NBC Was "Too Harsh" in Axing Megyn Kelly, Say 45 Percent of Americans
Of the respondents surveyed in a Hollywood Reporter/Morning Consult poll, 26 percent think the network's response was appropriate.
It may not be much consolation to Megyn Kelly, but more Americans than not (45 percent vs. 26 percent) think that NBC's decision to wind down the television host's show was "too harsh" a punishment for her comments about blackface last week.
Still, despite the sympathy many Americans may have for her, only 21 percent have a favorable view of the former Fox News star. The same amount of people have a "very unfavorable" view of her. These findings come from a new Hollywood Reporter/Morning Consult survey conducted with a nationally representative sample of 2,201 adults.
Kelly is viewed far less charitably than her current (but soon-to-be former) employer, NBC, for which more than half (56 percent) of the respondents have either a somewhat or very favorably view of. Surprisingly, some 18 percent of Americans say they have never even heard of Kelly, who spent 13 years at Fox News and became a household name after Donald Trump started attacking her during his presidential campaign.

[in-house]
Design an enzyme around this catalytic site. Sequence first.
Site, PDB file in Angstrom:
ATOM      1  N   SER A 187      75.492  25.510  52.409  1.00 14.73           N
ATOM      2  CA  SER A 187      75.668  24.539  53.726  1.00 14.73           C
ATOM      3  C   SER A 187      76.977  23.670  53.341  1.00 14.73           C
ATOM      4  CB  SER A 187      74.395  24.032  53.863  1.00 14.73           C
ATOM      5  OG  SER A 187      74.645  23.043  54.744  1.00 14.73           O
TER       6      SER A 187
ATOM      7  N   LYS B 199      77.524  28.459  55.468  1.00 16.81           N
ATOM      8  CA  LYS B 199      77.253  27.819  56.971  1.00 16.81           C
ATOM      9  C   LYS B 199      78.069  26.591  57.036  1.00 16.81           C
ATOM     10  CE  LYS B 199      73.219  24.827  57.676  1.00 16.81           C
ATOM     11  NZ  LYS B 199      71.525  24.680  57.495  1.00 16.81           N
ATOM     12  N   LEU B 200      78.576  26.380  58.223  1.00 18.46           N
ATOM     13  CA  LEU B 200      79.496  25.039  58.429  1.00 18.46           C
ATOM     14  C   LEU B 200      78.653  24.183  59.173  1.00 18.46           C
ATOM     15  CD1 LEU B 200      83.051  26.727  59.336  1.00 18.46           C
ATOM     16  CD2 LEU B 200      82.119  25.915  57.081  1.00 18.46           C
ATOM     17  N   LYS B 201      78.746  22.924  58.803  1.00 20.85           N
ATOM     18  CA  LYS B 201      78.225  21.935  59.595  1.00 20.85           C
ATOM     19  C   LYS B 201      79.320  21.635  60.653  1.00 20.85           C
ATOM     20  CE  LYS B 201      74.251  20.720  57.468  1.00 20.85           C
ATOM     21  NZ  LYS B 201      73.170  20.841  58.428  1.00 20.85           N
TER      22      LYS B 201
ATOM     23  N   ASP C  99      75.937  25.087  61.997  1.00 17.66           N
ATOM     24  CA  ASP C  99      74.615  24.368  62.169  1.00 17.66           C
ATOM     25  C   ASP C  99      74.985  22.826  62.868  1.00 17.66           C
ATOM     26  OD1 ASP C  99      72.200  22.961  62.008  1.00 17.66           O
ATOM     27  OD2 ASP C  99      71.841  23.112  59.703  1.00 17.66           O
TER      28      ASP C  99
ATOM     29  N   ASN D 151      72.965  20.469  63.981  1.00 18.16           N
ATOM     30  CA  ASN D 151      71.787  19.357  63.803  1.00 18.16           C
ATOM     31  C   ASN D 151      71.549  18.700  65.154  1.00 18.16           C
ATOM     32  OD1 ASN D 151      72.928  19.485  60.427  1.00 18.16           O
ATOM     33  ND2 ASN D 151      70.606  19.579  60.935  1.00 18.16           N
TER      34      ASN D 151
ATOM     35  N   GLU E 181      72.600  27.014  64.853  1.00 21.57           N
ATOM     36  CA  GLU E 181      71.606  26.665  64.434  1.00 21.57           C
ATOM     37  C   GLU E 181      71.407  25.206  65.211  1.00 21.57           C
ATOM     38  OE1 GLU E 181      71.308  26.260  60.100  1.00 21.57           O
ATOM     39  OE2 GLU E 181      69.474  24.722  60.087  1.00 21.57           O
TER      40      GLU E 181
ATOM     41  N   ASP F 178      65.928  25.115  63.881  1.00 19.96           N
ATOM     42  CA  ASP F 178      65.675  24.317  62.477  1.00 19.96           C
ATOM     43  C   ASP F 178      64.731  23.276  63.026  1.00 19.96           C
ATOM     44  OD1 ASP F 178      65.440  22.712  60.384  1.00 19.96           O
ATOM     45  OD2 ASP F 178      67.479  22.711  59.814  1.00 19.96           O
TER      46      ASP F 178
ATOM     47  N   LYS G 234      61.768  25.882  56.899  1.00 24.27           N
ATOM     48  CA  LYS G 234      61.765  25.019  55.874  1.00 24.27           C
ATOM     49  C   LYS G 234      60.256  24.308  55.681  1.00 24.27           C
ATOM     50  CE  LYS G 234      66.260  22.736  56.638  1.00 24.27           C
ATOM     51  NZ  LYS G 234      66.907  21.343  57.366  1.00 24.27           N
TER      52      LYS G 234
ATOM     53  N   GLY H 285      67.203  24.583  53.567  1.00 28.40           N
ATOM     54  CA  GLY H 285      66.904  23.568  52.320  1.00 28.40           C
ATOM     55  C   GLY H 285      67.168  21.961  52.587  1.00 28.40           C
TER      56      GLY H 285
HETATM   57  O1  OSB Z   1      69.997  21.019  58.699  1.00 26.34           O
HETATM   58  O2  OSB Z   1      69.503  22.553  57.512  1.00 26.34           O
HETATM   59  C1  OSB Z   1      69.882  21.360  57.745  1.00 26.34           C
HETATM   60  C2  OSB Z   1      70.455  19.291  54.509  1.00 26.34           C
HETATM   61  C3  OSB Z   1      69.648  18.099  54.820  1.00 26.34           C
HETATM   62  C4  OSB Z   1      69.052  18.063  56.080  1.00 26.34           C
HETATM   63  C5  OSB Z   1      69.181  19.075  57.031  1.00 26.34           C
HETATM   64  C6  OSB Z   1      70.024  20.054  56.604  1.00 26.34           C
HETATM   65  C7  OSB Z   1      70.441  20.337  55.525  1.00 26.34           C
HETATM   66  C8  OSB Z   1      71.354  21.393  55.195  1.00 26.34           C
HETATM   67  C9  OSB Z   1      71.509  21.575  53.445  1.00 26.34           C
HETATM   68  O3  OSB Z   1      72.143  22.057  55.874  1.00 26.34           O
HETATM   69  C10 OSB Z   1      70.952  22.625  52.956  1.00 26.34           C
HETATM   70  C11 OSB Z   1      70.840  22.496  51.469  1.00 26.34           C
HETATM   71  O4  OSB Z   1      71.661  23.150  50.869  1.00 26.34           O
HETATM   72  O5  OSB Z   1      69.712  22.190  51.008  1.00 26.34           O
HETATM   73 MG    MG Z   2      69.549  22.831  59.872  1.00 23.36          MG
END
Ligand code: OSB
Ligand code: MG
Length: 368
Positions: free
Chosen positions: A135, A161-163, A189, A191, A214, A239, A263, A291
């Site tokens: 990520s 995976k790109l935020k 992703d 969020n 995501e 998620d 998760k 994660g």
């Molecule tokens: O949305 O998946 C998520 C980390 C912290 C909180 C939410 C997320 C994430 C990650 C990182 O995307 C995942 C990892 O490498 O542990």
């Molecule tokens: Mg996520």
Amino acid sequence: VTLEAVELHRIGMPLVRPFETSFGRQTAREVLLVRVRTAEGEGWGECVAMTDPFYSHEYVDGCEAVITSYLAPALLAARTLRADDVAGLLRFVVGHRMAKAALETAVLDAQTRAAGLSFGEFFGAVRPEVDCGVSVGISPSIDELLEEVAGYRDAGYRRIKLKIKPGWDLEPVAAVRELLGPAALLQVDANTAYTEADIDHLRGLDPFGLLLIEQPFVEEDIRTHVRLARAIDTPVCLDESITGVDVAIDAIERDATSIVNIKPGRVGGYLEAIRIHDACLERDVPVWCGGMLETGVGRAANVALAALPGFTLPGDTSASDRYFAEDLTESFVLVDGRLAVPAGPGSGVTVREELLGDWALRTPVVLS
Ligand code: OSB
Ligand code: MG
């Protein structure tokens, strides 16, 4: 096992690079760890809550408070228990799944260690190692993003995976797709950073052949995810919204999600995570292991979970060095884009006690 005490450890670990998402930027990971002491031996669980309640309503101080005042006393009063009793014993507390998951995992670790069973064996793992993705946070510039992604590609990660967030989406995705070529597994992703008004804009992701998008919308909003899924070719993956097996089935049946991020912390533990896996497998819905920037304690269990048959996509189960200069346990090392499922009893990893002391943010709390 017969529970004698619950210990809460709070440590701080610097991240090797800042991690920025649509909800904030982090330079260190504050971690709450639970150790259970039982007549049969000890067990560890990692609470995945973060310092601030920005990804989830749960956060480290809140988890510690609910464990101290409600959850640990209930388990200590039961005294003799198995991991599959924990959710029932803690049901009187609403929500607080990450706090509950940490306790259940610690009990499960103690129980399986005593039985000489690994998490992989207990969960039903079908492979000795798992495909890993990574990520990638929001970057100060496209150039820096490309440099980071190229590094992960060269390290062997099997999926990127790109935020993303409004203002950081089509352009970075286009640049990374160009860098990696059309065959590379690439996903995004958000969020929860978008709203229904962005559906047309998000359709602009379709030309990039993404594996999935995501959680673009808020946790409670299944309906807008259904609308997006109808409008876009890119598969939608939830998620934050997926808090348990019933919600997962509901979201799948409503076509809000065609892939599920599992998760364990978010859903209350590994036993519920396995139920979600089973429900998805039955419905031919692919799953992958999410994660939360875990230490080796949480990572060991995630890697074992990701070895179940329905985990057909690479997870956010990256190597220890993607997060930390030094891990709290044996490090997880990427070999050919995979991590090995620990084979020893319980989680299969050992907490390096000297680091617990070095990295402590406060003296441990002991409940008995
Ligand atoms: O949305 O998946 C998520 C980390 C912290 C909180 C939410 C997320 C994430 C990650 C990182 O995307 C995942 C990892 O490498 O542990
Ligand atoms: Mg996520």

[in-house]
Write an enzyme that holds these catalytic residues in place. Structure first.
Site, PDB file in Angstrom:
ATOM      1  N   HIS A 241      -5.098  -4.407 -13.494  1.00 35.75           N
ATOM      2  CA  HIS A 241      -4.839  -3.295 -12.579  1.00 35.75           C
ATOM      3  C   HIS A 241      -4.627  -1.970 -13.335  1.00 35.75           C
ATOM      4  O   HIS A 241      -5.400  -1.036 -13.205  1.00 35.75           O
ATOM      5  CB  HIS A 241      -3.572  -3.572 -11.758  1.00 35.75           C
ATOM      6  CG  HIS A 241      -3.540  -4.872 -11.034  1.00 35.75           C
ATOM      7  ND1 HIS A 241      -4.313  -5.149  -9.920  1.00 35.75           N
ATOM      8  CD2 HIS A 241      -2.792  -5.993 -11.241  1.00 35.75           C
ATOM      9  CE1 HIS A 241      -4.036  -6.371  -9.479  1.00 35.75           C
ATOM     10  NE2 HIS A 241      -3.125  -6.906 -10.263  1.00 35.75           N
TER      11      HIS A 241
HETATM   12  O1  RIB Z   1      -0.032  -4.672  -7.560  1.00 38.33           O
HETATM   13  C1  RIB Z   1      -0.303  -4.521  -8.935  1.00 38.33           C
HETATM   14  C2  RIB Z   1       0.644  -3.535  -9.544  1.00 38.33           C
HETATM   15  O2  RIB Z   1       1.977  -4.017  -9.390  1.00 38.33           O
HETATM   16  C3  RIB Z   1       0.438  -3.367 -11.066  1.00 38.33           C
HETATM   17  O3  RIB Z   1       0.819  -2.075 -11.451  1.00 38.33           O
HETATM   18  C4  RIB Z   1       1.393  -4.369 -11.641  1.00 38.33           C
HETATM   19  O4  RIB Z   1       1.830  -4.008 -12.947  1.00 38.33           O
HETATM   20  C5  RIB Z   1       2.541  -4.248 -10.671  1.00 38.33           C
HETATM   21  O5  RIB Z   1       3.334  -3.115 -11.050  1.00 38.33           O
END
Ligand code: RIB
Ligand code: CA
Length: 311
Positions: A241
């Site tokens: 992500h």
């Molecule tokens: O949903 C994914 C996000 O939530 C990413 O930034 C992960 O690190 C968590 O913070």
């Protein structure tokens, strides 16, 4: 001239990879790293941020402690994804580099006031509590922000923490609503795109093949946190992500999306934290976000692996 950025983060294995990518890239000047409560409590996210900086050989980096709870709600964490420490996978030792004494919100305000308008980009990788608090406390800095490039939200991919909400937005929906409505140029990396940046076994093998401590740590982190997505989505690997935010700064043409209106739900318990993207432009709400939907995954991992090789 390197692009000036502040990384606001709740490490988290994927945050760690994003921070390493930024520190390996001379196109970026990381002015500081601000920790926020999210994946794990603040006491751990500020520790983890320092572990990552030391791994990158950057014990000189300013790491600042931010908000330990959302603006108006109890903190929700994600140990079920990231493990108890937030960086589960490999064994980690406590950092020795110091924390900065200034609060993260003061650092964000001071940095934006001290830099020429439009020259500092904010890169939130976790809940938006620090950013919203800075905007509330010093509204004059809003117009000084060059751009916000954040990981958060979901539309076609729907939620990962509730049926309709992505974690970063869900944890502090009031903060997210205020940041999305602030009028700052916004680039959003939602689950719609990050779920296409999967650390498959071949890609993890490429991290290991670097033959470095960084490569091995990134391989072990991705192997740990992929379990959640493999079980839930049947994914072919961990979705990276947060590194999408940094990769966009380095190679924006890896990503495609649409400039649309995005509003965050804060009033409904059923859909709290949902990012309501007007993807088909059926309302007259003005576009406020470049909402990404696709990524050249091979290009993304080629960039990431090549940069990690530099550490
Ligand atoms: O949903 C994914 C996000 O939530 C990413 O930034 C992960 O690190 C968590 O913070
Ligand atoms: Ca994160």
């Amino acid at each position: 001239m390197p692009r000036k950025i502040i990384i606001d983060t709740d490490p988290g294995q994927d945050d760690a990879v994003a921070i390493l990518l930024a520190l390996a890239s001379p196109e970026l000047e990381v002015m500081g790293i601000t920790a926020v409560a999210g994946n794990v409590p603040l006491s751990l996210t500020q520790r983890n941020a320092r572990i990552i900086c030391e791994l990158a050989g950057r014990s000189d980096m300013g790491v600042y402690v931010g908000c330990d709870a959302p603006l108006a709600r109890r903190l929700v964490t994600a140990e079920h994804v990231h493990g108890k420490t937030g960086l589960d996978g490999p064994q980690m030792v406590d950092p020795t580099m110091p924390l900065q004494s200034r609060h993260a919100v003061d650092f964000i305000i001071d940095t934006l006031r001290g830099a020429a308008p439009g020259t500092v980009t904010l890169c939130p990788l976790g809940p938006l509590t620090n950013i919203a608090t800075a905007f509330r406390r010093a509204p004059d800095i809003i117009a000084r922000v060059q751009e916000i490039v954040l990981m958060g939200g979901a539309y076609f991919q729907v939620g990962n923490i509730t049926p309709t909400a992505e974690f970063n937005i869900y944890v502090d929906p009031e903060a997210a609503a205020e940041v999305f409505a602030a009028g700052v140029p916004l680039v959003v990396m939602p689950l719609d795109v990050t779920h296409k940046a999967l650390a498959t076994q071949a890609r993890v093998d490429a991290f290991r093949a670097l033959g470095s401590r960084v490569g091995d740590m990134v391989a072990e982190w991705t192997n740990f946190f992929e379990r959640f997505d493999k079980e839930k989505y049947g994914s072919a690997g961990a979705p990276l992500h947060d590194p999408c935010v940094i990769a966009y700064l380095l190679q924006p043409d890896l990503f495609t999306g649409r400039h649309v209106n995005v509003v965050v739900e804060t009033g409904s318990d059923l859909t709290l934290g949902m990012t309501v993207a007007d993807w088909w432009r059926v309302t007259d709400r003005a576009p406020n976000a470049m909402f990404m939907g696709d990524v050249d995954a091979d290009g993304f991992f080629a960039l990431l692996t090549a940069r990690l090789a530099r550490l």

While Kelly's comments about blackface, made during her Oct. 23 show, catalyzed the cancellation of Megyn Kelly Today, 48 percent of Americans say the comments did not change their opinion of her. Some 14 percent say the comments made them like her more, while 25 percent say they made them like her less.
NBC's decision to end Kelly's show following her comments makes "no difference" in how the network is viewed by a plurality of respondents, 41 percent, while only 17 percent say they now see the network more favorably.
While Kelly's comments were a major media scandal, more than 40 percent of Americans say they have heard "not much" or nothing about Kelly recently. True to form, 66 percent of Americans say the coverage they have seen of Kelly has been "mostly negative." A plurality of Americans (42 percent) believe the coverage of NBC has been neutral.
The poll was conducted on Oct. 25 and Oct. 26, two and three days after her comments and in the middle of the backlash that stemmed from them.